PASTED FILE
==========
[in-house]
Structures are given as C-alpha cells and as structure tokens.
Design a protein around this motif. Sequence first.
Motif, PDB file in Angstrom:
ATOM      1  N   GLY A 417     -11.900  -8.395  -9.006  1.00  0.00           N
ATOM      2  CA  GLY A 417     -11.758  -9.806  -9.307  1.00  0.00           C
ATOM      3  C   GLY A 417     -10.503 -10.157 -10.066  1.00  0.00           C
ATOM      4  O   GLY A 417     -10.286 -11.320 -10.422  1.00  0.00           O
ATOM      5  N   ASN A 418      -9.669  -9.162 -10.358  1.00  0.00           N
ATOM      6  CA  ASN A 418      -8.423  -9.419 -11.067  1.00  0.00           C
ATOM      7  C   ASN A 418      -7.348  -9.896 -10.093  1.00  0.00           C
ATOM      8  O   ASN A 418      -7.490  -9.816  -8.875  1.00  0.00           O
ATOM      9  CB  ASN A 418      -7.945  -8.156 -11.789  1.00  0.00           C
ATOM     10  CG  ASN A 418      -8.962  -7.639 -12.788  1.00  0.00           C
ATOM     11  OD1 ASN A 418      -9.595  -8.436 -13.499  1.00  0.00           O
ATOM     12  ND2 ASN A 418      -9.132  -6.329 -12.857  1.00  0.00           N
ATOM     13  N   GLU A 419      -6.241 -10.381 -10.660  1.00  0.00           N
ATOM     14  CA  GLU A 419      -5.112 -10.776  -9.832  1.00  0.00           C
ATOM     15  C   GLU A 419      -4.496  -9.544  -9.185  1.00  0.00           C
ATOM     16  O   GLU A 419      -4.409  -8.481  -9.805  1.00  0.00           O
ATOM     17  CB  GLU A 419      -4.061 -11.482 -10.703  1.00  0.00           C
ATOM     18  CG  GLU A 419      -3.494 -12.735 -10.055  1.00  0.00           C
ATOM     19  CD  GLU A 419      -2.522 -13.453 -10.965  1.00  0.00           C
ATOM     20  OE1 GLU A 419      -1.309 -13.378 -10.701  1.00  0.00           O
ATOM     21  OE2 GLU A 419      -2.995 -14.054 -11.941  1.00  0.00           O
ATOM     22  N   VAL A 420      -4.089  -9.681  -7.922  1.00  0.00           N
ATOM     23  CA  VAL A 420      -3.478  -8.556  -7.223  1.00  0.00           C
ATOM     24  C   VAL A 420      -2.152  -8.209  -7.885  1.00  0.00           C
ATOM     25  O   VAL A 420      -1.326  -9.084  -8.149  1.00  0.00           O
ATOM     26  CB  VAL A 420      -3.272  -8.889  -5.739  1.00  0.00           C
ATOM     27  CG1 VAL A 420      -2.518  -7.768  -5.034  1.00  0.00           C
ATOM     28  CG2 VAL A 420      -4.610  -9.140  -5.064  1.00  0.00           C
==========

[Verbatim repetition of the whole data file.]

[in-house]
Structures are given as C-alpha cells and as structure tokens.
Design a protein around this motif. Sequence first.
Motif, PDB file in Angstrom:
ATOM      1  N   GLY A 417     -11.900  -8.395  -9.006  1.00  0.00           N
ATOM      2  CA  GLY A 417     -11.758  -9.806  -9.307  1.00  0.00           C
ATOM      3  C   GLY A 417     -10.503 -10.157 -10.066  1.00  0.00           C
ATOM      4  O   GLY A 417     -10.286 -11.320 -10.422  1.00  0.00           O
ATOM      5  N   ASN A 418      -9.669  -9.162 -10.358  1.00  0.00           N
ATOM      6  CA  ASN A 418      -8.423  -9.419 -11.067  1.00  0.00           C
ATOM      7  C   ASN A 418      -7.348  -9.896 -10.093  1.00  0.00           C
ATOM      8  O   ASN A 418      -7.490  -9.816  -8.875  1.00  0.00           O
ATOM      9  CB  ASN A 418      -7.945  -8.156 -11.789  1.00  0.00           C
ATOM     10  CG  ASN A 418      -8.962  -7.639 -12.788  1.00  0.00           C
ATOM     11  OD1 ASN A 418      -9.595  -8.436 -13.499  1.00  0.00           O
ATOM     12  ND2 ASN A 418      -9.132  -6.329 -12.857  1.00  0.00           N
ATOM     13  N   GLU A 419      -6.241 -10.381 -10.660  1.00  0.00           N
ATOM     14  CA  GLU A 419      -5.112 -10.776  -9.832  1.00  0.00           C
ATOM     15  C   GLU A 419      -4.496  -9.544  -9.185  1.00  0.00           C
ATOM     16  O   GLU A 419      -4.409  -8.481  -9.805  1.00  0.00           O
ATOM     17  CB  GLU A 419      -4.061 -11.482 -10.703  1.00  0.00           C
ATOM     18  CG  GLU A 419      -3.494 -12.735 -10.055  1.00  0.00           C
ATOM     19  CD  GLU A 419      -2.522 -13.453 -10.965  1.00  0.00           C
ATOM     20  OE1 GLU A 419      -1.309 -13.378 -10.701  1.00  0.00           O
ATOM     21  OE2 GLU A 419      -2.995 -14.054 -11.941  1.00  0.00           O
ATOM     22  N   VAL A 420      -4.089  -9.681  -7.922  1.00  0.00           N
ATOM     23  CA  VAL A 420      -3.478  -8.556  -7.223  1.00  0.00           C
ATOM     24  C   VAL A 420      -2.152  -8.209  -7.885  1.00  0.00           C
ATOM     25  O   VAL A 420      -1.326  -9.084  -8.149  1.00  0.00           O
ATOM     26  CB  VAL A 420      -3.272  -8.889  -5.739  1.00  0.00           C
ATOM     27  CG1 VAL A 420      -2.518  -7.768  -5.034  1.00  0.00           C
ATOM     28  CG2 VAL A 420      -4.610  -9.140  -5.064  1.00  0.00           C